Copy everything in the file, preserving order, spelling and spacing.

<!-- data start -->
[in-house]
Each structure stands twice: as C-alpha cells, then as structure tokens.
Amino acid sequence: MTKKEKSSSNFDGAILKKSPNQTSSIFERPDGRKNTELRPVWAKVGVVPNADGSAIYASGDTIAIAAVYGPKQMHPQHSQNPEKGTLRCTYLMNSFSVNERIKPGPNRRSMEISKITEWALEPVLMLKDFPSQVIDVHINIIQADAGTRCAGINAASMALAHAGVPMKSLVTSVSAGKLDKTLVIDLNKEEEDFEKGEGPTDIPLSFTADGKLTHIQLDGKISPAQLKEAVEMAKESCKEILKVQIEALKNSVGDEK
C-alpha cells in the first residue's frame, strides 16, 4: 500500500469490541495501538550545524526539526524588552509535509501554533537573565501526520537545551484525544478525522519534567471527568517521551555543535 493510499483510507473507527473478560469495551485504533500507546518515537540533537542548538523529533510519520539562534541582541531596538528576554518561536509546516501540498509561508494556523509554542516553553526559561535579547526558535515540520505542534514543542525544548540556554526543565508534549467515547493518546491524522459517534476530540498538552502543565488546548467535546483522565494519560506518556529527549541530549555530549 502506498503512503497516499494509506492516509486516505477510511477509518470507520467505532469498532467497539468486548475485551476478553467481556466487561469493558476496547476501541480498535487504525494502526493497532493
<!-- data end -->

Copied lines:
[in-house]
Each structure stands twice: as C-alpha cells, then as structure tokens.
Amino acid sequence: MTKKEKSSSNFDGAILKKSPNQTSSIFERPDGRKNTELRPVWAKVGVVPNADGSAIYASGDTIAIAAVYGPKQMHPQHSQNPEKGTLRCTYLMNSFSVNERIKPGPNRRSMEISKITEWALEPVLMLKDFPSQVIDVHINIIQADAGTRCAGINAASMALAHAGVPMKSLVTSVSAGKLDKTLVIDLNKEEEDFEKGEGPTDIPLSFTADGKLTHIQLDGKISPAQLKEAVEMAKESCKEILKVQIEALKNSVGDEK
C-alpha cells in the first residue's frame, strides 16, 4: 500500500469490541495501538550545524526539526524588552509535509501554533537573565501526520537545551484525544478525522519534567471527568517521551555543535 493510499483510507473507527473478560469495551485504533500507546518515537540533537542548538523529533510519520539562534541582541531596538528576554518561536509546516501540498509561508494556523509554542516553553526559561535579547526558535515540520505542534514543542525544548540556554526543565508534549467515547493518546491524522459517534476530540498538552502543565488546548467535546483522565494519560506518556529527549541530549555530549 502506498503512503497516499494509506492516509486516505477510511477509518470507520467505532469498532467497539468486548475485551476478553467481556466487561469493558476496547476501541480498535487504525494502526493497532493